The Hunter

I conducted a cycling experiment yesterday in which I was the subject.   I drive.  A lot.  I mean, a real lot.  I live in Bloomington but work in Noblesville.  Many of you don’t know this because, well, like a good cyclist, I really don’t complain a lot.  Except to my wife, but she knows how to handle my bluffing.   It’s a 72 mile commute, one way.  Now don’t get me wrong, I love my job, I am making a difference and I am adding to the GDP.  But I am using a lot of gas and probably singlehandedly increasing Indiana’s carbon output, which I don’t feel great about.  So, I have figured out a way to semi-commute.  Here’s how it works, in theory.  I drive to work on Monday and then back home Monday night.  On Tuesday, I drive to work (bike on the roof and a change of clothes in the car), but on the way home (about 6:30pm) I stop in Martinsville, parking somewhere in town, and cycle 22 miles home down Mahalasville to Low Gap to Anderson and Old 37.  On Wednesday morning, I leave the house at 5:00am, cycle the same 22 miles to Martinsville, get to my car, and drive the 50 miles to the office, etc., and so on, doing this until other reasons prevent it (like getting a life).   

Back story.  I’ve been having this dream lately.  It’s a derivative of my hunter/hunted series in which I am the latter of the two.  In this variation, I am cycling hard and a mysterious, shadowy person is in pursuit.  I usually wake up in a sweat.  He has never caught me.  Also, I’ve been an epic night commuter before.  When I worked at Cannondale and lived in Bridgeport, CT I would cycle to work and back (20 miles one way) through Fairfield county.  In Vermont, as a bike shop mechanic in Manchester I would cycle from Weston on Route 100 to the bike shop and back almost daily over Bromley Mountain.  

So, I decided to start this macabre commute this week, or at least try it out.  Yesterday I drove up to work, bike on roof, change of clothes in the car, lights charged, winter cycling kit loaded.  I was having trouble staying focused late in the day so I left a few minutes early to beat the rush to route 69 S.  I changed along the way (please don’t try this) and in just over an hour I was in Martinsville.  The sun was setting and the temperature was just above freezing.  I was eager to get started as I was looking at this more like an event than a commute.  Lights. Check.  Toe warmers.  Check.  Car locked.  Check.  Off we go.  I hit it pretty hard, turning the lights on just after getting to Low Gap a few miles later.  The road was deteriorating just as it was getting really dark out.  But my lighting system was doing its job and I could see the road and pick out the potholes and debris.  I was able to navigate the eastern edge of the Morgan Monroe State Forest without much difficulty.  I turned onto Anderson, threw in a windup at one of the World’s sprint point lines, turned toward home on Old 37 and finished up over firehouse hill.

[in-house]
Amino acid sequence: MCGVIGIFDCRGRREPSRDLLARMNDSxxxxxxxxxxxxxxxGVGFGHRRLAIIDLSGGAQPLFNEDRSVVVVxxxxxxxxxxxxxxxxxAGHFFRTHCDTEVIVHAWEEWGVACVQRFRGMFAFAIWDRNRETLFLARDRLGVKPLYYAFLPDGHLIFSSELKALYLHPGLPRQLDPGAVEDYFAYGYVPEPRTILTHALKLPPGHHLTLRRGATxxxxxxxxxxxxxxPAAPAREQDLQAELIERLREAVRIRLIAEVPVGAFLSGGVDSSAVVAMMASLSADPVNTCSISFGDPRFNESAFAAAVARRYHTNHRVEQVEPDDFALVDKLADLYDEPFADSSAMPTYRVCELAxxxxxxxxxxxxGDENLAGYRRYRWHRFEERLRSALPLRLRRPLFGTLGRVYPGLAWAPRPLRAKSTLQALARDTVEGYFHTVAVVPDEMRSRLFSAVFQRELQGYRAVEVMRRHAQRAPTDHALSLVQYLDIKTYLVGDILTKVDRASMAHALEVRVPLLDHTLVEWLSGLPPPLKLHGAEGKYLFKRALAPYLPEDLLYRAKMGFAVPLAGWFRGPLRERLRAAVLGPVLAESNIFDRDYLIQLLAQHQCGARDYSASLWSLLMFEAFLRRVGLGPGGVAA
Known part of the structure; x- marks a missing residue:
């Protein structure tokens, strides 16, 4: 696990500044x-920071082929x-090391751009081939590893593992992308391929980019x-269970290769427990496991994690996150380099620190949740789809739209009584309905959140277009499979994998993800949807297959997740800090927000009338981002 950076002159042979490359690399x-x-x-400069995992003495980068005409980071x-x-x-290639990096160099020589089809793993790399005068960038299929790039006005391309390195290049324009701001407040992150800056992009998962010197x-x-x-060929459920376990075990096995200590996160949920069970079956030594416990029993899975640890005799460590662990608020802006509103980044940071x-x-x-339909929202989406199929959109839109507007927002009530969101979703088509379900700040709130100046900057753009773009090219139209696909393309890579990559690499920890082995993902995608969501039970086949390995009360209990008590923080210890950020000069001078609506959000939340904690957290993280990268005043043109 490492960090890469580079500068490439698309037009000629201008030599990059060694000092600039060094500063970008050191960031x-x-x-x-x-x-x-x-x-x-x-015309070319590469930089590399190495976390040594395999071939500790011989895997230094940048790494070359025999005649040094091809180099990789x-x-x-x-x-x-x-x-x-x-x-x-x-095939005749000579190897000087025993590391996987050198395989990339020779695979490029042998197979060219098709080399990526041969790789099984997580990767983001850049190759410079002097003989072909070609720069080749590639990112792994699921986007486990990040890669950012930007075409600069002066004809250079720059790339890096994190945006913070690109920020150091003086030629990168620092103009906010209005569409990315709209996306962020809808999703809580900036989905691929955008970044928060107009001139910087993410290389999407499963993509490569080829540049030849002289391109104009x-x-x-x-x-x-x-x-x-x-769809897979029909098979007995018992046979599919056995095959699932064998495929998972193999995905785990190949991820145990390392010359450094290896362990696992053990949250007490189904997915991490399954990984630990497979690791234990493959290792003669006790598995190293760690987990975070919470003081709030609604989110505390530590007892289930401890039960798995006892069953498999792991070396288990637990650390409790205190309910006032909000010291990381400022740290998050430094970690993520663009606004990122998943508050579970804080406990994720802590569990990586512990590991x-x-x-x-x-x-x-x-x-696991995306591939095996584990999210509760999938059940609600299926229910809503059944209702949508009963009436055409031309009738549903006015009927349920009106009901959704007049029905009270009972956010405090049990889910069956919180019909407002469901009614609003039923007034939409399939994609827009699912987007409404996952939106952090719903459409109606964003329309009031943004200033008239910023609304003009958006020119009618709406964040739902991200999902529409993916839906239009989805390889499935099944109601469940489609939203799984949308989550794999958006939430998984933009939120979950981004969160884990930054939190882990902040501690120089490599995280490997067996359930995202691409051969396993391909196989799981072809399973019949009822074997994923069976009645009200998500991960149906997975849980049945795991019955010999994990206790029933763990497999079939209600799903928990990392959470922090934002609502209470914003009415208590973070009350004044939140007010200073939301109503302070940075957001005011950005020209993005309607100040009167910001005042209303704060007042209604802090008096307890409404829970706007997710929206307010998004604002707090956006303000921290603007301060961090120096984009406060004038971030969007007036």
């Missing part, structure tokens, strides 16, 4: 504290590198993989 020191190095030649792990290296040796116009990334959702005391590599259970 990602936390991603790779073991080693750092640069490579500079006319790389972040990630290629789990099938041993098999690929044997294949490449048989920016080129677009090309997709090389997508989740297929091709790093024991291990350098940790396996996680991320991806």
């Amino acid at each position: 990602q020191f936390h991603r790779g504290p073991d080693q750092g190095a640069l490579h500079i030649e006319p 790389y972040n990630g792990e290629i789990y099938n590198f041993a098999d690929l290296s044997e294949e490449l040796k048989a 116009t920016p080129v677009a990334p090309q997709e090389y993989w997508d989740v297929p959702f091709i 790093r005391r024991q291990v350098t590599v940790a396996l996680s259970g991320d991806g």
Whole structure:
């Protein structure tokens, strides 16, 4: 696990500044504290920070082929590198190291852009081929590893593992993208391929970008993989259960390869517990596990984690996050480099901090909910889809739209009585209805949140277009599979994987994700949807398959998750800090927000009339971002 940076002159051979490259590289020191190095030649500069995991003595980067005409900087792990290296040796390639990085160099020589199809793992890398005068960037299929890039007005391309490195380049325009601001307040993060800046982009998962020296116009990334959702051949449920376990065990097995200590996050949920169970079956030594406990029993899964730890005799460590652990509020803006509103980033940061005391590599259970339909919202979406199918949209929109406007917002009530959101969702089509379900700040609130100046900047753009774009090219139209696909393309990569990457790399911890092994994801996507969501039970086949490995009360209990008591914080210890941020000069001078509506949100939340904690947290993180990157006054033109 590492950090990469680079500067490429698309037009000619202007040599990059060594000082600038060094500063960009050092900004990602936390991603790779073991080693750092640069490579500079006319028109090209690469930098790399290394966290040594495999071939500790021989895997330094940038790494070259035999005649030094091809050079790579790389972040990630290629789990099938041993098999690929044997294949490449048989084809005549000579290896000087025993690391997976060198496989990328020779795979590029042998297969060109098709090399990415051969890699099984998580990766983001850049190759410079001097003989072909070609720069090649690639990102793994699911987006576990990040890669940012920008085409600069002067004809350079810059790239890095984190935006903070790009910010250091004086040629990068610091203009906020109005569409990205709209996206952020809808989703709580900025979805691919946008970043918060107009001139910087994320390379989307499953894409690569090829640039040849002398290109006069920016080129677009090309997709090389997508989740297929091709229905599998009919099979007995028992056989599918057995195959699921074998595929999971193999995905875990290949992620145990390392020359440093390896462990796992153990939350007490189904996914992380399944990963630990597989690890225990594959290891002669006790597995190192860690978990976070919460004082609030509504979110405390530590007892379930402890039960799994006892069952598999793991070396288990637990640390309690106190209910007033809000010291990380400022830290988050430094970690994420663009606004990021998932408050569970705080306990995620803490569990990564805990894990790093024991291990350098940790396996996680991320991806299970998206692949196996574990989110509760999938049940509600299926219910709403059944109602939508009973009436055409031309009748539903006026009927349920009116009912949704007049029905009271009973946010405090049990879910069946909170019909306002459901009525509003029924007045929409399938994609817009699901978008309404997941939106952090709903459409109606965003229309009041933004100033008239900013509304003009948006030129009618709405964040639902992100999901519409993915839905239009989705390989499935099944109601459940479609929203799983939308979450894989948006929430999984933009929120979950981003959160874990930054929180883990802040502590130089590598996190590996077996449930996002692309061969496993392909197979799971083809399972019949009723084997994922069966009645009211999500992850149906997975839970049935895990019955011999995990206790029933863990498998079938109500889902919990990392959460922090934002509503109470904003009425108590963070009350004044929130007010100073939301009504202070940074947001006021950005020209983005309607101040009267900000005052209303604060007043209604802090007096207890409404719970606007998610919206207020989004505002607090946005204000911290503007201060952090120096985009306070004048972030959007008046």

Now, I felt pretty darn good about pulling this off.  I was able to save a gallon of gas, get a ride in, not be too disruptive on the family and get home in time for Idol.  I washed and dried my kit, charged the batteries, checked over the bike.  I had to call it an early night because, to make my time check (for work) I needed to be at my car for about 6:15am.  So I would have to leave at 5:00am to ensure this.   However, the night passed uneventfully and I hit all the right buttons (not including the snooze) in the morning, brought along a water bottle of hot tea and was on the bike and out of the door at 5:00 sharp.  The cold was breathtaking and the quiet was deafening.  Yesterday’s climb up firehouse hill at the end of my ride was a welcome increase in warmth, this morning, it was a bone chilling roller coaster descent right at the start. Time and space seemed out of synch as I turned down Anderson.  The utter darkness, the extreme cold and the small beam of light all conspired to create this surreal sensation, compressing time but lengthening distance.  Landmarks that were familiar on these often traveled routes were now set at great distances from one another.  I turned up Low Gap and realized that I would be generally ascending through most of the forest. My speed was falling; 18, 17, 16 mph.   I was standing hard on the pedals as I climbed through the forest.  The bare trees bordering the road cast eerie shadows as my headlamp scanned for critters.  I heard a crash in the underbrush as a deer tap-danced across the road some distance behind me.  The road was broken up badly as I picked my way through this section, becoming aware of my labored breathing, watching this barren landscape through the condensation in the cold beam of light.  I kept thinking of those dreams that I had been having.  I felt a chill on my back that wasn’t from the cold.  “Stay focused.”  I think I said out loud.  Then I broke through the forest.  The road leveled out.  The potholes were replaced with a centerline.  The lights of Martinsville appeared in the distance. 

I got back to my car after being out for only an hour and 12 minutes.  It had a thin sheet of ice on it.  I put the bike on the roof and as I looked up toward the waning moon I saw the constellation Orion, the hunter, high in the Southern sky.  I started the car, wrapped myself in a blanket and headed toward work.